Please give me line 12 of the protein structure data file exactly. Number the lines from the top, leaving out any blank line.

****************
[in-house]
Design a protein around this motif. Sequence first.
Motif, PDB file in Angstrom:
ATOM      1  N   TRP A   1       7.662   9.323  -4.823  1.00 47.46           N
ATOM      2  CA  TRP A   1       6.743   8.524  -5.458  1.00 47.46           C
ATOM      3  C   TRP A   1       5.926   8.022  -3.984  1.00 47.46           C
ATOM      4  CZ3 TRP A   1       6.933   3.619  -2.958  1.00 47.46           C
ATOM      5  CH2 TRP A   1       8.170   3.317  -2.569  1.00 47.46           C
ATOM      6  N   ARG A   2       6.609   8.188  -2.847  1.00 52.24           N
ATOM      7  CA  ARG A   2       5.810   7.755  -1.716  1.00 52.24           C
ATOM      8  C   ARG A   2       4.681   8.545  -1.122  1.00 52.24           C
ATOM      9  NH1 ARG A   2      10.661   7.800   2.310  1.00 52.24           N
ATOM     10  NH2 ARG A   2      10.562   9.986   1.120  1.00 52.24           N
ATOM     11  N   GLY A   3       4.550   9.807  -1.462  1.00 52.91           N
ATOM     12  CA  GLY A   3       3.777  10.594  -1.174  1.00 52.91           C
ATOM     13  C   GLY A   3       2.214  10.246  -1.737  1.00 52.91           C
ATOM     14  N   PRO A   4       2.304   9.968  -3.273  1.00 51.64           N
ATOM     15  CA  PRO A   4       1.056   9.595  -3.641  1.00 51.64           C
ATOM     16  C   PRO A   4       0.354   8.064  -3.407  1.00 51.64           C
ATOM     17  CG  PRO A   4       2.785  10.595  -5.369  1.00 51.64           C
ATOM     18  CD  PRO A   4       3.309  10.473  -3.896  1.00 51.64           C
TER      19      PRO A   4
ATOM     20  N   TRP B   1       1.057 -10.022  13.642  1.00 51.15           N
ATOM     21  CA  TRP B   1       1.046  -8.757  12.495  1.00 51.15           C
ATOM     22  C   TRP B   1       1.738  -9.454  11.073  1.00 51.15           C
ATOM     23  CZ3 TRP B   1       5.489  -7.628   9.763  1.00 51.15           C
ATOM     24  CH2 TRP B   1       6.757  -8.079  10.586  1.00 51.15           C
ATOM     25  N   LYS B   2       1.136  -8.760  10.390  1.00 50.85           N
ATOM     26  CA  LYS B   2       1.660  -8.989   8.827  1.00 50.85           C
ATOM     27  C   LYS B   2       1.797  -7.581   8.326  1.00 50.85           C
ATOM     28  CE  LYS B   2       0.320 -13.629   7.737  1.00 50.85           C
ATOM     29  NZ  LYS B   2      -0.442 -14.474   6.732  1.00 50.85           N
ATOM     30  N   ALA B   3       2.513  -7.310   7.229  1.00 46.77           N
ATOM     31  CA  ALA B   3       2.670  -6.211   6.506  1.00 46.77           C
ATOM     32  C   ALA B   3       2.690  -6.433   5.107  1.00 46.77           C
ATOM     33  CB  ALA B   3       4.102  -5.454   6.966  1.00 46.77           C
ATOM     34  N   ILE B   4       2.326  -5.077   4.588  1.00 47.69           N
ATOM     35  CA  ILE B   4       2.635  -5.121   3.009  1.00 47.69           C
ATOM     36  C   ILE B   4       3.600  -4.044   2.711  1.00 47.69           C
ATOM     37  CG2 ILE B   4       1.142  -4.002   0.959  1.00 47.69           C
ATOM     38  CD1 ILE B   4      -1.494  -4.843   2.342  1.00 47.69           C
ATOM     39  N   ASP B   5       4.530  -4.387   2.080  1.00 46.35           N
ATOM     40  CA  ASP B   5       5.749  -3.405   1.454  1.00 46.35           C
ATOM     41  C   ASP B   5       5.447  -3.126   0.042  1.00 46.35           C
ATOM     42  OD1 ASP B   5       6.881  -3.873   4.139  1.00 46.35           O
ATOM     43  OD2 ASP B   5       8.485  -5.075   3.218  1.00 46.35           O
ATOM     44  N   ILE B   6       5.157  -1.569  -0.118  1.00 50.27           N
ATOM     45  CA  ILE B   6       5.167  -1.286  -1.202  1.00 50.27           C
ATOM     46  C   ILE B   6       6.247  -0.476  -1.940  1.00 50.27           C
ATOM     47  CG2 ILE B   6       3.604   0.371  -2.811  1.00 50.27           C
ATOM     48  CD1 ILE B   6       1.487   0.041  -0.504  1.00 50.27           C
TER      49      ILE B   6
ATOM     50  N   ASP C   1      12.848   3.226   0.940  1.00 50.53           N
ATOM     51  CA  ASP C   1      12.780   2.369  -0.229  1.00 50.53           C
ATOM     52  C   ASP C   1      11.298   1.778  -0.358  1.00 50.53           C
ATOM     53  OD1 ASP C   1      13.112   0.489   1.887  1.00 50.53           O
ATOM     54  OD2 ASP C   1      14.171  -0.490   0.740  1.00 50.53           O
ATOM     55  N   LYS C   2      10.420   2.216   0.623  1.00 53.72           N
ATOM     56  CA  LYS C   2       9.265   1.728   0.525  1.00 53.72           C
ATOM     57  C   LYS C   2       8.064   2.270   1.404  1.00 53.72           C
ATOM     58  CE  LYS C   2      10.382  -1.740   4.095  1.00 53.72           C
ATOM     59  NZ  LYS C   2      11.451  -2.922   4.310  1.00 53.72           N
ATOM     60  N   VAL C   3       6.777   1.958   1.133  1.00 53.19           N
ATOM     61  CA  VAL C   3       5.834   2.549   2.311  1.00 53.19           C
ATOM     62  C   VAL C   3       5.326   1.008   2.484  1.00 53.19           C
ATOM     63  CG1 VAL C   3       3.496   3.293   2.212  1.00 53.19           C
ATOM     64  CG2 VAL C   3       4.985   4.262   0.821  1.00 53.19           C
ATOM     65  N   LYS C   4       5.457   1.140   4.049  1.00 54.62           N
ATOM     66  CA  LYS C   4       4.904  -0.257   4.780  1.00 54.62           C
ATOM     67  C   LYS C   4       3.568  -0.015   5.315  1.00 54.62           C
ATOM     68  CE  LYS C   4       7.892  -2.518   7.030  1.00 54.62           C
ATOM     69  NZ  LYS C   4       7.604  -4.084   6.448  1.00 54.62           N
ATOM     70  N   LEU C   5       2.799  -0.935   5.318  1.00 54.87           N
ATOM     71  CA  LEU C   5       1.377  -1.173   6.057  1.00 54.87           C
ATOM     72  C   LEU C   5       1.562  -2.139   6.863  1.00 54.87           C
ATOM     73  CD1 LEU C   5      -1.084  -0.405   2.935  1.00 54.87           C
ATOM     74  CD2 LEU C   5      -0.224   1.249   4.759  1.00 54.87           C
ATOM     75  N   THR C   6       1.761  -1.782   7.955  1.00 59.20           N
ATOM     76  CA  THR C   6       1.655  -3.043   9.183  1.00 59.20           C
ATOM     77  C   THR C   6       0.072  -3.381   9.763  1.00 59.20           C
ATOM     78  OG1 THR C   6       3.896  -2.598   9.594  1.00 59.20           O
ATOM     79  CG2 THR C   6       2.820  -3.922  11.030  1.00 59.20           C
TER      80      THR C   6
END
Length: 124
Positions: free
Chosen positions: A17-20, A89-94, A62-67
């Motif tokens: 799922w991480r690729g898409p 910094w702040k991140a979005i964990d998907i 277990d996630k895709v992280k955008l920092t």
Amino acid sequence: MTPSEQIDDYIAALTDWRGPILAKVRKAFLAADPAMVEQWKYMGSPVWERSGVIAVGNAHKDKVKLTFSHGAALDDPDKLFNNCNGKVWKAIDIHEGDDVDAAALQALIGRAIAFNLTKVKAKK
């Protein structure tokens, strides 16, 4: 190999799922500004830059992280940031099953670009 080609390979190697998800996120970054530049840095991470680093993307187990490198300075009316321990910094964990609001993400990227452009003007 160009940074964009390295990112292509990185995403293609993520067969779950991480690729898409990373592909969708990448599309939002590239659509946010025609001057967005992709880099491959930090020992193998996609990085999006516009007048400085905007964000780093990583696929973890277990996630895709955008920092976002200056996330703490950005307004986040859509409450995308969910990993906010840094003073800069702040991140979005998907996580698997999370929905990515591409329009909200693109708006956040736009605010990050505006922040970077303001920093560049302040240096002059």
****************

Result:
ATOM      9  NH1 ARG A   2      10.661   7.800   2.310  1.00 52.24           N